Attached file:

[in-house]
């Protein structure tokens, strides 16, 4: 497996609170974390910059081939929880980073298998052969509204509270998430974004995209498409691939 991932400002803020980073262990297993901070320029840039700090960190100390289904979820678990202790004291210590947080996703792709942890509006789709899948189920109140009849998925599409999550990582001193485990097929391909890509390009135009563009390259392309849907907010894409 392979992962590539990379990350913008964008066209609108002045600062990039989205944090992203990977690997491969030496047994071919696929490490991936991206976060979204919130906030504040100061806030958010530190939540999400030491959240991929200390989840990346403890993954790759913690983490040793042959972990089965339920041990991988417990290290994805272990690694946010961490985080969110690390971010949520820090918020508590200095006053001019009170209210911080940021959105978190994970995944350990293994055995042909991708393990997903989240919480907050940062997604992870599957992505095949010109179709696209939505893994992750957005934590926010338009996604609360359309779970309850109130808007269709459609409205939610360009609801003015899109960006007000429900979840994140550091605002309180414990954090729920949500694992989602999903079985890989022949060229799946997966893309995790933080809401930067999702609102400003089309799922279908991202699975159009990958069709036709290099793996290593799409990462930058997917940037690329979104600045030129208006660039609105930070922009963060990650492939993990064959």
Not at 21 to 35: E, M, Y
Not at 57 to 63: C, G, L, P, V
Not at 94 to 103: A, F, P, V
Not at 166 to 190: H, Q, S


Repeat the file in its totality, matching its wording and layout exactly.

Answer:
[in-house]
């Protein structure tokens, strides 16, 4: 497996609170974390910059081939929880980073298998052969509204509270998430974004995209498409691939 991932400002803020980073262990297993901070320029840039700090960190100390289904979820678990202790004291210590947080996703792709942890509006789709899948189920109140009849998925599409999550990582001193485990097929391909890509390009135009563009390259392309849907907010894409 392979992962590539990379990350913008964008066209609108002045600062990039989205944090992203990977690997491969030496047994071919696929490490991936991206976060979204919130906030504040100061806030958010530190939540999400030491959240991929200390989840990346403890993954790759913690983490040793042959972990089965339920041990991988417990290290994805272990690694946010961490985080969110690390971010949520820090918020508590200095006053001019009170209210911080940021959105978190994970995944350990293994055995042909991708393990997903989240919480907050940062997604992870599957992505095949010109179709696209939505893994992750957005934590926010338009996604609360359309779970309850109130808007269709459609409205939610360009609801003015899109960006007000429900979840994140550091605002309180414990954090729920949500694992989602999903079985890989022949060229799946997966893309995790933080809401930067999702609102400003089309799922279908991202699975159009990958069709036709290099793996290593799409990462930058997917940037690329979104600045030129208006660039609105930070922009963060990650492939993990064959």
Not at 21 to 35: E, M, Y
Not at 57 to 63: C, G, L, P, V
Not at 94 to 103: A, F, P, V
Not at 166 to 190: H, Q, S